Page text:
IBM's Corio Buy: What's In Store For Midmarket Partners?


Why would IBM agree to pay $182 million for a company that has reported consecutive yearly losses throughout its entire life span? Yet that financial description fits Corio, a pioneer in delivering enterprise applications over the Internet, which IBM said last week it will acquire for its hosted business run by IBM Global Services.

"Corio has a great team of professionals in their data centers and a management team who understands these hosted applications and knows how to make them scale," said Mike Riegel, director of On Demand for IGS. "Essentially, what we're buying is Corio's tools and people."

Big Blue is also buying an application hosting company that, through a network of 28 systems integrators, targets midmarket customers. Now the question arises: What
will happen to these partners when Corio becomes part
of IGS? "Those Corio partners serve midmarket clients, and we absolutely want them to become IBM partners
and keep doing exactly what they're doing today to serve our clients," Riegel said. "We want them as IBM partners, and we'll say more about this at PartnerWorld at the end of February."

IBM, Armonk, N.Y., declined to elaborate, leaving many Corio partners in a quandary. "As a Corio partner, we expect to be impacted, but it's too early to say what that impact will be," said Venkat Devraj, CEO of ExtraQuest, Greenwood Village, Colo., which provides database administration outsourcing services and autonomic technology. "Given the new relationship dynamics, I suspect the value to IBM will be with our administration technology rather than our services."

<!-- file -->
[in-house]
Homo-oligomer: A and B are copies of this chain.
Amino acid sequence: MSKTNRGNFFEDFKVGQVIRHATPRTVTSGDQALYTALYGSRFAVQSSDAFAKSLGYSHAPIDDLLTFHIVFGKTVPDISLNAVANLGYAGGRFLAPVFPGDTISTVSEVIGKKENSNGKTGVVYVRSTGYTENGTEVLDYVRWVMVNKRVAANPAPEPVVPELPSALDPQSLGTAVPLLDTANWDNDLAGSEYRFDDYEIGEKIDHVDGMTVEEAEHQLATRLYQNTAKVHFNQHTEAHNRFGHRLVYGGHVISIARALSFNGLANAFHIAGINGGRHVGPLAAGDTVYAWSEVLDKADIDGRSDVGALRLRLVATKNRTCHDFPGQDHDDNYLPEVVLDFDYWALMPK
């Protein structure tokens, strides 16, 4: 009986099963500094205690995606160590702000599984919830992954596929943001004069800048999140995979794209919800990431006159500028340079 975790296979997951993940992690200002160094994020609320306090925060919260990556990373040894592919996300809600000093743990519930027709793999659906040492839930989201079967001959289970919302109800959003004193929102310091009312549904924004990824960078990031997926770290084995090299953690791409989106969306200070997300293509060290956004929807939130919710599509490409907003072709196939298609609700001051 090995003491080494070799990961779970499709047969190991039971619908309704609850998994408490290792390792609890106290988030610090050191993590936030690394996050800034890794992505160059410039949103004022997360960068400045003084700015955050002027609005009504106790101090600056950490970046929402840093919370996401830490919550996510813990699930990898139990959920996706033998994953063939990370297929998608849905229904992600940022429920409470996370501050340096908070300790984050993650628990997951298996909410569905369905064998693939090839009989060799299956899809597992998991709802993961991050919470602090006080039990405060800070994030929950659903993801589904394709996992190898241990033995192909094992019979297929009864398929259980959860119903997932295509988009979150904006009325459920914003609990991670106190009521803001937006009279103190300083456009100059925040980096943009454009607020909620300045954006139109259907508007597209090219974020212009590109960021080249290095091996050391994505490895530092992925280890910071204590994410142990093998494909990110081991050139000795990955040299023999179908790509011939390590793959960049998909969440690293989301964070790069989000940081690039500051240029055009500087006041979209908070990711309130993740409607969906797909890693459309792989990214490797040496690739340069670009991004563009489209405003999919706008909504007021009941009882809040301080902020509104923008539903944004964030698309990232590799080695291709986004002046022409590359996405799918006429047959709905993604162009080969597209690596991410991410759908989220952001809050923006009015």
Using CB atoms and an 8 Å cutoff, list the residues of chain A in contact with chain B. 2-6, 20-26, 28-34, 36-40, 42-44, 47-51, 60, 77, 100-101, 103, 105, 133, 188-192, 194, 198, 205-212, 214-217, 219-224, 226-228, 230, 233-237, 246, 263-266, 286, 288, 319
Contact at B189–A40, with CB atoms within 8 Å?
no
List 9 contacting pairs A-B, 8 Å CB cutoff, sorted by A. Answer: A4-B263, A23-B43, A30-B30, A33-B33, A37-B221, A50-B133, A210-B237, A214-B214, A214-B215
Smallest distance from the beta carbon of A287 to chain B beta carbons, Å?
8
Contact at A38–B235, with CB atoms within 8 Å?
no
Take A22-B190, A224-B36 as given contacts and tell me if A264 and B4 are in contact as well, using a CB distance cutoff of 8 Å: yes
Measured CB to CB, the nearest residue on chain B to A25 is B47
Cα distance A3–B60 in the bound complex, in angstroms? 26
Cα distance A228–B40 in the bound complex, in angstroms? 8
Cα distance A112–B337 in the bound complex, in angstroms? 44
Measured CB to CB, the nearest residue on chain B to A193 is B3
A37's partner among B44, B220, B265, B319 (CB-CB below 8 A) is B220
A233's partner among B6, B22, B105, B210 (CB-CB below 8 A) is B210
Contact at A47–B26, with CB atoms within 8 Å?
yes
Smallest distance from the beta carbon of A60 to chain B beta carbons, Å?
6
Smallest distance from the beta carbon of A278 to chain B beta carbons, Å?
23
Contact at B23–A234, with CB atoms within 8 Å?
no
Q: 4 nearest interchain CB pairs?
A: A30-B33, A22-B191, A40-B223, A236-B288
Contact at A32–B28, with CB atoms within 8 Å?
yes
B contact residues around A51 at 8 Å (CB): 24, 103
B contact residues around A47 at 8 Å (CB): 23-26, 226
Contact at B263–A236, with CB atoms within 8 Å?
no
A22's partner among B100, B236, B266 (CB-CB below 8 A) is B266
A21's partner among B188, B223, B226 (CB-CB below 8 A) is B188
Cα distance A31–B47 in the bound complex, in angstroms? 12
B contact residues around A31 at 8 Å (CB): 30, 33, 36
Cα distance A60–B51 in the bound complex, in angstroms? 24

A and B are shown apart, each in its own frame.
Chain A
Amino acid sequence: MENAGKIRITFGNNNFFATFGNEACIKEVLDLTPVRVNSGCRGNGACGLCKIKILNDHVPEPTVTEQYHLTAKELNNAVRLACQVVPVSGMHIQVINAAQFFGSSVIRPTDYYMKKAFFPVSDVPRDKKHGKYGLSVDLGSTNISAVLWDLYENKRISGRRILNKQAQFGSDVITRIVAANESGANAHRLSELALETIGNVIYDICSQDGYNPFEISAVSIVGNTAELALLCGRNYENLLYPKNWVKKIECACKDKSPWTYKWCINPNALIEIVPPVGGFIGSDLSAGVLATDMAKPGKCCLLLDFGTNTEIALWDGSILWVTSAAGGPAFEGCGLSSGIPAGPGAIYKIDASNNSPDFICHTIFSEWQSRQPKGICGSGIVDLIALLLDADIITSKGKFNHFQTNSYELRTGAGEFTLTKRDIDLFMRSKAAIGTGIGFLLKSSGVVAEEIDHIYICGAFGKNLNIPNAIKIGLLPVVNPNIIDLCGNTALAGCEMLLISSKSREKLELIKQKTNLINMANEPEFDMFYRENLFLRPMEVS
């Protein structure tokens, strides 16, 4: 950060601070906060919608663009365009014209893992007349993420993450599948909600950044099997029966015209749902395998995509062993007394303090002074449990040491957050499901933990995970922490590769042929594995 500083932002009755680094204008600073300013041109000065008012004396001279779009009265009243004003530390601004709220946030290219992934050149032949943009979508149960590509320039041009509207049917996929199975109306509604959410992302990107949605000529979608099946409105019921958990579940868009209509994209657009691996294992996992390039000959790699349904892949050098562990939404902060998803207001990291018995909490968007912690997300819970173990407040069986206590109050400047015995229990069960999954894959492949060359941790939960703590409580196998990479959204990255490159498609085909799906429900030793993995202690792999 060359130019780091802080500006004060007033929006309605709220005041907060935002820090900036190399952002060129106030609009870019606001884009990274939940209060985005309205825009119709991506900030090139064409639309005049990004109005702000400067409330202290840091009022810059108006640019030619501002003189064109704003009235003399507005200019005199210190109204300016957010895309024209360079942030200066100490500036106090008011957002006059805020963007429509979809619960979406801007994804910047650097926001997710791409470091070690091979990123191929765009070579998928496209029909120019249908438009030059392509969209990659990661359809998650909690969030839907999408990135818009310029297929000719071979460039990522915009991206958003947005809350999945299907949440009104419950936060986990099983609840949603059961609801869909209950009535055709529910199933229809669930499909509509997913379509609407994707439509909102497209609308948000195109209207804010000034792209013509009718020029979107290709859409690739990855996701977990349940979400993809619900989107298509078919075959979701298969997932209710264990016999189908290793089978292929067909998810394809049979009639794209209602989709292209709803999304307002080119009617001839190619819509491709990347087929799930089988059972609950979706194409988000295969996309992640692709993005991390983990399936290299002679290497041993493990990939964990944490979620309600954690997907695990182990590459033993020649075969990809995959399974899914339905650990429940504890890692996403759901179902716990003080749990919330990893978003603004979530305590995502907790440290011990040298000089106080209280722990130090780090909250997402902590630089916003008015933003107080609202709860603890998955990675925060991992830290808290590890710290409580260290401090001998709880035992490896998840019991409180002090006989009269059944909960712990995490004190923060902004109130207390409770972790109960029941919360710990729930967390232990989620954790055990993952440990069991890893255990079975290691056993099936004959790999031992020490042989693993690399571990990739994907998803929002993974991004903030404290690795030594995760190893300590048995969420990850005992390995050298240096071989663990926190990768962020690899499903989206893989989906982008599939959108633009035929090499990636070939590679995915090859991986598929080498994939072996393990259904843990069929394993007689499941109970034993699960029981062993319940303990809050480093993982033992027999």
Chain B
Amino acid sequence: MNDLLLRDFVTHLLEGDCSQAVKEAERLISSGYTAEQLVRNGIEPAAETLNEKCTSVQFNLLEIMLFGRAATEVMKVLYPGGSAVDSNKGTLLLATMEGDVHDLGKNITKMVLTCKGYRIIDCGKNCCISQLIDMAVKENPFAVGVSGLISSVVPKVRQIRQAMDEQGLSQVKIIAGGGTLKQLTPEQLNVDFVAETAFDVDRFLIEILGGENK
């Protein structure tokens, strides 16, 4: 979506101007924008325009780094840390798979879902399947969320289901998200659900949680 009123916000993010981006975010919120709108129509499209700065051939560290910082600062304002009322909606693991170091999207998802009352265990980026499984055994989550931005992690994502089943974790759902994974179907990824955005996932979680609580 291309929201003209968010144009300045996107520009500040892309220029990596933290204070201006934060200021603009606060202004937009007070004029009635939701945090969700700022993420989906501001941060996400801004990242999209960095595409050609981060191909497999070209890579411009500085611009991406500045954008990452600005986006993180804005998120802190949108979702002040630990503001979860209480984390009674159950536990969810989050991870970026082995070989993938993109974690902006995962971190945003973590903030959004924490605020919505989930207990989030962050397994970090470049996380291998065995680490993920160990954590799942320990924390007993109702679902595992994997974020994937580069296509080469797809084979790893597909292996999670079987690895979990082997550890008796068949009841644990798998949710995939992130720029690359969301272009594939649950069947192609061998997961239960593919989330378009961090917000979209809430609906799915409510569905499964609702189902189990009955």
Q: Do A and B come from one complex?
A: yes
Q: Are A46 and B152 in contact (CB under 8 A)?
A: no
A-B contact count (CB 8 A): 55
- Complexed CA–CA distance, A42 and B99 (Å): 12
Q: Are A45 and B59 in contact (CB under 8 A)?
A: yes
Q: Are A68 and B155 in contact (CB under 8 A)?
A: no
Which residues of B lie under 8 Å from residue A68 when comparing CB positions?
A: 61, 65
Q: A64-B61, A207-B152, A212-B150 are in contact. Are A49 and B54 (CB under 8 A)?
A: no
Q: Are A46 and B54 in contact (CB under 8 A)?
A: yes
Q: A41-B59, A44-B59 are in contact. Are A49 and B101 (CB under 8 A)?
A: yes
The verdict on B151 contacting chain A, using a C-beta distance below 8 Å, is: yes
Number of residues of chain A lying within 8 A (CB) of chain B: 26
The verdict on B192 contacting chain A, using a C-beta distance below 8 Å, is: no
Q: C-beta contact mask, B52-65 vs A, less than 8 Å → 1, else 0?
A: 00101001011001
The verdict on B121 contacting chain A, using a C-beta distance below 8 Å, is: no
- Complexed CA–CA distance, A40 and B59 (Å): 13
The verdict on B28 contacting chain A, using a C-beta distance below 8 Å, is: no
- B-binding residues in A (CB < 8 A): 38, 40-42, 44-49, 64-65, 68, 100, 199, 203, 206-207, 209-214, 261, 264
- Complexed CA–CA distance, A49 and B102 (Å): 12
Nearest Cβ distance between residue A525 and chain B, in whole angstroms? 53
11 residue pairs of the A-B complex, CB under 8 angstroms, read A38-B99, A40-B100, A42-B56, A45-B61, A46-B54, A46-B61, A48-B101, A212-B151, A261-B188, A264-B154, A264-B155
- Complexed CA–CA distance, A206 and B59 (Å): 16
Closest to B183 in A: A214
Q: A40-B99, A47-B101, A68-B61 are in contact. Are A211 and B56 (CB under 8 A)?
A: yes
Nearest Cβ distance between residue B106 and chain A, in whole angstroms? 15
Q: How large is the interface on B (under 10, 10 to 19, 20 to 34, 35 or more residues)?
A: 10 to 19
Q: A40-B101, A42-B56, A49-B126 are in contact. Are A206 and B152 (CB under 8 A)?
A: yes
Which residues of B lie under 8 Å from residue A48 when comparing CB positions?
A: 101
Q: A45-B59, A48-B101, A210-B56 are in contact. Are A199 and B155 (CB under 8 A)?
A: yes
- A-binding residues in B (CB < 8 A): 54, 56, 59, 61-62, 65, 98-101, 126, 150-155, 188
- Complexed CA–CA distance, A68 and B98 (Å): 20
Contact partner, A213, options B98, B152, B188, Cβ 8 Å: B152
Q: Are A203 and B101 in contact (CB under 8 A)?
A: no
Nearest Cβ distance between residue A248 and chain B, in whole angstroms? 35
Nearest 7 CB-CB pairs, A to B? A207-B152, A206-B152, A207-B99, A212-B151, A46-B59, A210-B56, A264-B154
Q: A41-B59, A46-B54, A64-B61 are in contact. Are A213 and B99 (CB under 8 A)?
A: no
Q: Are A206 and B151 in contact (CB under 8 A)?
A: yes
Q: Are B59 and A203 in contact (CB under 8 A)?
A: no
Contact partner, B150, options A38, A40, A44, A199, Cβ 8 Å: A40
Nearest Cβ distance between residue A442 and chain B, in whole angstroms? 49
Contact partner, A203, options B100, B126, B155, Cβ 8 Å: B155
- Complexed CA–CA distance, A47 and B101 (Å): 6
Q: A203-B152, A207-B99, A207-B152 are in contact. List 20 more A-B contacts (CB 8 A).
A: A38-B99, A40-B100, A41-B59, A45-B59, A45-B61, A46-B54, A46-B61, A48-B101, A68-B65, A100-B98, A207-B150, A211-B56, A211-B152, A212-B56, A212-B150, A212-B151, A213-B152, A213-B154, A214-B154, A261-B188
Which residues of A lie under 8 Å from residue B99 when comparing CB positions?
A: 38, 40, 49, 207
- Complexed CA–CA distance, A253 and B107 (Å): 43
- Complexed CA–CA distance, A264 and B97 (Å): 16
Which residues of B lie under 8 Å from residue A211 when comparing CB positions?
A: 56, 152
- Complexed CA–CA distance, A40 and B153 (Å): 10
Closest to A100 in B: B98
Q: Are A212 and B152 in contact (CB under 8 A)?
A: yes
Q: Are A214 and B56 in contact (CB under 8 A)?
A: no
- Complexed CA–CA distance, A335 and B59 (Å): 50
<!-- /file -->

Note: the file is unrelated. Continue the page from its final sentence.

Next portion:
Marc Hebert, executive vice president of marketing and alliances at Sierra Atlantic, Fremont, Calif., is equally unsure. "There's the risk we could lose the business if IBM tries to bring it all in-house, and there's the opportunity that it could grow," he said. "I just don't know yet what that will be."

NaviSite, Andover, Mass., sees only opportunity. "For Corio, a $100,000-a-month customer would be big. IBM is accustomed to customers spending up to $1 million a month," said Denis Martin, CTO of the managed application provider, which competes against Corio in the midmarket. "[IGS] has challenges in their cost structure addressing the needs of small to midsize businesses. We see this acquisition as a good thing for us."